Crude oil options volatility rose to the highest level in six weeks as underlying futures sank to a two-week low after the European Union offered to resume negotiations with Iran over its nuclear program.
Implied volatility for at-the-money options expiring in March, a measure of expected price swings in futures and a gauge of options prices, was 30.9 as of 4 p.m. in New York, up from 30 yesterday.
“There was a little bit more excitement in the market today, and as we come off again volatility is going to increase,” said Fred Rigolini, vice president of Paramount Options Inc. in New York.
Crude for April delivery fell $2.02, or 1.9 percent, to settle at $104.70 a barrel on the New York Mercantile Exchange. Preliminary volume in electronic trading for crude oil was 627,715 contracts as of 2:40 p.m. in New York, 1.4 percent above the three-month average through yesterday.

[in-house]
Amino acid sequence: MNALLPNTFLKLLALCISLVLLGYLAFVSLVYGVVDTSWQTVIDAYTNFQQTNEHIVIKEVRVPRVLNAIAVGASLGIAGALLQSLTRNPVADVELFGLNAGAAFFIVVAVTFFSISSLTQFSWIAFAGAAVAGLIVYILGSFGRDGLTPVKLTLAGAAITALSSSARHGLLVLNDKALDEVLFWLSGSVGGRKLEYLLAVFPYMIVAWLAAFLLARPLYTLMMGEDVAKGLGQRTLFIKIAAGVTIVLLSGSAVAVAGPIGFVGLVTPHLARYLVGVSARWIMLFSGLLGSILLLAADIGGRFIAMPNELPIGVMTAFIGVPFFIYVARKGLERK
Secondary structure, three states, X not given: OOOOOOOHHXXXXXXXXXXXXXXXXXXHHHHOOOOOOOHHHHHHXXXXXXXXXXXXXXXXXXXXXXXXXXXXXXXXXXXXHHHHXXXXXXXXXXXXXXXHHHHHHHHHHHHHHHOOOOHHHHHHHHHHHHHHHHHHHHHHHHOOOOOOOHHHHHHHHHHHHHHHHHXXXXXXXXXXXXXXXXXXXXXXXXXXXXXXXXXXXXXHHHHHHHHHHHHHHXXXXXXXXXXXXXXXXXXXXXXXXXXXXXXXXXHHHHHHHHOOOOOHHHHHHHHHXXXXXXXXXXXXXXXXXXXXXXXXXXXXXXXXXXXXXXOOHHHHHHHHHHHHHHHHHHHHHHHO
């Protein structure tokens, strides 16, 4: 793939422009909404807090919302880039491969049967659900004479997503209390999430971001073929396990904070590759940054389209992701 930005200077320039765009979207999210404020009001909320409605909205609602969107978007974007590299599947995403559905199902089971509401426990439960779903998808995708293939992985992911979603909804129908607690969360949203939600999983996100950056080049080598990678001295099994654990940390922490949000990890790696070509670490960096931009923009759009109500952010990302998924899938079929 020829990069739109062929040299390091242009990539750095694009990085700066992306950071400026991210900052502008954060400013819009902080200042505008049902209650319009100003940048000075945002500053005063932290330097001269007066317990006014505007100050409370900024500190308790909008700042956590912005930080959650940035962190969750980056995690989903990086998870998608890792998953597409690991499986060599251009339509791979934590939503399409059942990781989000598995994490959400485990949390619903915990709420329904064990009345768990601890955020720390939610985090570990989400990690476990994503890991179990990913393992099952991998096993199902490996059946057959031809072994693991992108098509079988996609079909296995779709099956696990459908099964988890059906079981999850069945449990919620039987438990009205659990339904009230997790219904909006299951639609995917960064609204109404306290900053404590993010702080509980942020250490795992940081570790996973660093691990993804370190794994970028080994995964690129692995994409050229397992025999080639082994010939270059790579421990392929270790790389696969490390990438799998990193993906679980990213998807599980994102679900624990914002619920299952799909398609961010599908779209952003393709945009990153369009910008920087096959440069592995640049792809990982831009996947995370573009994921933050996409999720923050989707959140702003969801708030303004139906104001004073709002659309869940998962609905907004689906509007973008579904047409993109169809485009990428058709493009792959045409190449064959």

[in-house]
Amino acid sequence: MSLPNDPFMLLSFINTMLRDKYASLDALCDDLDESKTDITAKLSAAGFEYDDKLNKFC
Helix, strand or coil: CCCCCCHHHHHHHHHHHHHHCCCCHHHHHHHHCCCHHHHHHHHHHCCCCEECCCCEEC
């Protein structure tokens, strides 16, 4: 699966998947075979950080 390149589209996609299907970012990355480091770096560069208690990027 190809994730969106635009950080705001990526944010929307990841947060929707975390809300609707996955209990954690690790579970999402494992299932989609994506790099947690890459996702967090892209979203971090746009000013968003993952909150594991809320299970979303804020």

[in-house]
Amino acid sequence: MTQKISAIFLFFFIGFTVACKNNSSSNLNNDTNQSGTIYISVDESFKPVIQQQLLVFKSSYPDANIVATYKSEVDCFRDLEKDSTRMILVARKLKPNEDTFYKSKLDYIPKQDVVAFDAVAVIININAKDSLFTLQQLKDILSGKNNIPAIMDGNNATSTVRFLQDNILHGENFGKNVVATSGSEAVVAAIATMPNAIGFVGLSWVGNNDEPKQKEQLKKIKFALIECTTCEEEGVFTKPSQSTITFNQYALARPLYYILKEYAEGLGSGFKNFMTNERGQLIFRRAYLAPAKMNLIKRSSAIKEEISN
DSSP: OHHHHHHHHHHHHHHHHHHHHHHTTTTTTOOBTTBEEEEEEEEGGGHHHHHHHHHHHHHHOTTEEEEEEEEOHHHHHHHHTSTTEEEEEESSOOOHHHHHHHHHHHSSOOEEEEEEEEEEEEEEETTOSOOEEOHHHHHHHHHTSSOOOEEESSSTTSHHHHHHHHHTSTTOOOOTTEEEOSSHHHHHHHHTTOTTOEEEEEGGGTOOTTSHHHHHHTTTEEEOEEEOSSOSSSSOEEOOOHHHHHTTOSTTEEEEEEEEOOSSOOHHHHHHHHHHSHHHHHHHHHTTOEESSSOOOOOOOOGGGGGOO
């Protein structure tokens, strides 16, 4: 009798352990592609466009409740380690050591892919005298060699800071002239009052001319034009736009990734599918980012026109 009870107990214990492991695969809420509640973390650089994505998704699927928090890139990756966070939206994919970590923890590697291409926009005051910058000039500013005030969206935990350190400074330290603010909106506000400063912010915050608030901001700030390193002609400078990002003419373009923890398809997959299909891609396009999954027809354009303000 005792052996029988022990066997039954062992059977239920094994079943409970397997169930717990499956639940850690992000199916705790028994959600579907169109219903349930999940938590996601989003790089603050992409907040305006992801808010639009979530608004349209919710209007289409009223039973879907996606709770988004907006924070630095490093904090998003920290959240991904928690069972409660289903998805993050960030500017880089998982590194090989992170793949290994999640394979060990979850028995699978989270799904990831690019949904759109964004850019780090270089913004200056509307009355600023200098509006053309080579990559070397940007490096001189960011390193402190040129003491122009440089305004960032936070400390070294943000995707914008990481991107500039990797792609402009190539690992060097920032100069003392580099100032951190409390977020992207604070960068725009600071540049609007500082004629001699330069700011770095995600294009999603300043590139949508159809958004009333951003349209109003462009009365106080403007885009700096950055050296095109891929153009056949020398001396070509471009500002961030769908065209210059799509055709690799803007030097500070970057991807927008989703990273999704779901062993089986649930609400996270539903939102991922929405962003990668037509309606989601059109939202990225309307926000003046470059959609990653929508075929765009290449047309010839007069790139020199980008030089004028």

The most active options in electronic trading today were April $100 puts, with 3,906 lots changing hands at 4:22 p.m. They rose 19 cents to 55 cents a barrel. April $105 puts, the second-most active options, increased 75 cents to $2.12 with 2,251 lots trading. One contract covers 1,000 barrels of crude.
On the trading floor, Rigolini said, there was selling of May $128 calls and of April $95 puts and $98 puts. Puts accounted for 58 percent of electronic trading volume.
The exchange distributes real-time data for electronic trading and releases information the next business day on floor trading, where the bulk of options trading occurs.
Bearish options accounted for 53 percent of the 61,092 trades from the previous session. April $100 puts were the most actively traded, with 3,789 lots changing hands as they fell 5 cents to 36 cents a barrel. The next-most active options, April $104 puts, lost 14 cents to $1.06 on volume of 2,105.
Open interest was highest for December $80 puts with 46,213 contracts. Next were December $150 calls with 38,727 lots and December $100 calls with 34,926.